Mass incarceration is a catastrophe in the United States, especially affecting Black, Indigenous, Latinx, and poor communities. Different forms of carceral confinements have long been an integral part of the formation of the United States and other settler colonies in the Americas. In this course, we will focus on the history of Indigenous confinements. While the incarceration of Indigenous peoples today resembles the incarceration of other minoritized peoples, it has similar and distinct historical genealogies that can be traced to coercive practices designed to exploit their labor and eliminate lifeways, knowledge systems, tribal identification, and relationships with homelands. From the enslavement of Taíno people in the fifteenth century, to the formation of reservations and reserves in the United States and Canada in the nineteenth century, to the high rates of Indigenous incarceration today, we will draw on the works of artists, literary authors, historians, anthropologists, sociologists, political scientists, and critical theorists alongside historical documents to study the relationship between Indigenous confinements and the formation of settler-imperial states. We will consider the development of carceral technologies, the embodied experience of being confined, and the different ways Indigenous communities have resisted and survived carceral empires.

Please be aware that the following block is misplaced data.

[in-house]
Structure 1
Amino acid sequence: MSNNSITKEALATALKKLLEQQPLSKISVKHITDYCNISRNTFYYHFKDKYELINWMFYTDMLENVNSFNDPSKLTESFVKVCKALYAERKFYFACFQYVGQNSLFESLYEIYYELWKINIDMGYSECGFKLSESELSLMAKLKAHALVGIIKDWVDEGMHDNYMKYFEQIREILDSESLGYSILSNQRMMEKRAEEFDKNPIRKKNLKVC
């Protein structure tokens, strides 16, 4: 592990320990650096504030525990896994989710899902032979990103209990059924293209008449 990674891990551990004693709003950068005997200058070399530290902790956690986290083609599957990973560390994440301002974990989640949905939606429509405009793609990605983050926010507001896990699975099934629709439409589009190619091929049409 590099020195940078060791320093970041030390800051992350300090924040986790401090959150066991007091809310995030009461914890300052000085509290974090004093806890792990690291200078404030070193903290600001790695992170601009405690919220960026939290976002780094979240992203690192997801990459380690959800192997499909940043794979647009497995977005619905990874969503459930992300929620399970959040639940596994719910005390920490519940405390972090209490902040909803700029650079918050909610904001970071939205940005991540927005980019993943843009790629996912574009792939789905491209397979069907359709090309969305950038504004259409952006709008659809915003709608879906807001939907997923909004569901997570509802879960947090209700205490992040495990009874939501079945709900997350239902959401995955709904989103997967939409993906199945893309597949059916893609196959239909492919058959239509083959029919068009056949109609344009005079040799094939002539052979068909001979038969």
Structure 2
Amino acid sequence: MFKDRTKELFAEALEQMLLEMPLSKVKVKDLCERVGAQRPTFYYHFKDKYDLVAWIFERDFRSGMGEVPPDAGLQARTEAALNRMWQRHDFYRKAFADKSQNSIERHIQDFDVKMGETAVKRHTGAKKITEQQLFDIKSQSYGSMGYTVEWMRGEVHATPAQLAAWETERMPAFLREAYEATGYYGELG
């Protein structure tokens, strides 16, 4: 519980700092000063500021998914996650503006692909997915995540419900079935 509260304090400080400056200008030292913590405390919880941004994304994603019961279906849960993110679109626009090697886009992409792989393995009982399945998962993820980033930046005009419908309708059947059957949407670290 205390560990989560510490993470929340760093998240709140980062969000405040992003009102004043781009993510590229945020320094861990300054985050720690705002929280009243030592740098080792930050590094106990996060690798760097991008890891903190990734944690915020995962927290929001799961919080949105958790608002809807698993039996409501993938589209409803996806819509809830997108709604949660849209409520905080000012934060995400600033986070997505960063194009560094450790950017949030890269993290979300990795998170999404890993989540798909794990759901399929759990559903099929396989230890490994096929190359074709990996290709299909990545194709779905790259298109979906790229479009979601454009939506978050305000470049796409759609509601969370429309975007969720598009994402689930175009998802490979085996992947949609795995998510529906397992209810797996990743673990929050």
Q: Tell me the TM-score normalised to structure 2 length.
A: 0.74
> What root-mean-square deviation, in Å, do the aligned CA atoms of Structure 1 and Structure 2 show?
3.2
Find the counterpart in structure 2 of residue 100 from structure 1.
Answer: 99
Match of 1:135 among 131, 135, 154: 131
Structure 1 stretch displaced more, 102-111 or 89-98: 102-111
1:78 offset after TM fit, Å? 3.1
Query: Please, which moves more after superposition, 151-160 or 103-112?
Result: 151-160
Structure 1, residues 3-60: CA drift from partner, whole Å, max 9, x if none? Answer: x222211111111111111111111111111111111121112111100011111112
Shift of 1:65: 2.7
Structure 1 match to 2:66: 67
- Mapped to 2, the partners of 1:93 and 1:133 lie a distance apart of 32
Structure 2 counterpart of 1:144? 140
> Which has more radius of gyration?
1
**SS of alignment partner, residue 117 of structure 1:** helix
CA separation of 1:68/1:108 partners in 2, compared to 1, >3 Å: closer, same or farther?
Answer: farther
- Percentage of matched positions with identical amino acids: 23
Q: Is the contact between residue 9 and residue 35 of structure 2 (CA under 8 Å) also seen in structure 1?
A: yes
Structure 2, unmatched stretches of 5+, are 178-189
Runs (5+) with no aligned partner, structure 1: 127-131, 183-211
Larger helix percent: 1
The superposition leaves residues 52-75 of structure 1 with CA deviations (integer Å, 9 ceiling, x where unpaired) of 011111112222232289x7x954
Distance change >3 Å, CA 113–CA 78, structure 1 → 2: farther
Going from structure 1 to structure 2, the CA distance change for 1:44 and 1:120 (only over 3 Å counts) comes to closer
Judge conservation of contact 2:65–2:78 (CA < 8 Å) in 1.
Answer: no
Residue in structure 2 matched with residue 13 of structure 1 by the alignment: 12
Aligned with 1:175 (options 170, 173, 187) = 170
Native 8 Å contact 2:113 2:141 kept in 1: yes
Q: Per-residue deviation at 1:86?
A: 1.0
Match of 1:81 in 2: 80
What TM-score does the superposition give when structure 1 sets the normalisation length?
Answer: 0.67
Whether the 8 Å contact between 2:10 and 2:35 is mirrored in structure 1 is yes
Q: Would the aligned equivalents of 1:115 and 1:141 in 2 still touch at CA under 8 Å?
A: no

Faculty: Balraj Gill
Semester: Full Spring Term
Time: Thursday, 9:45 - 11:45 am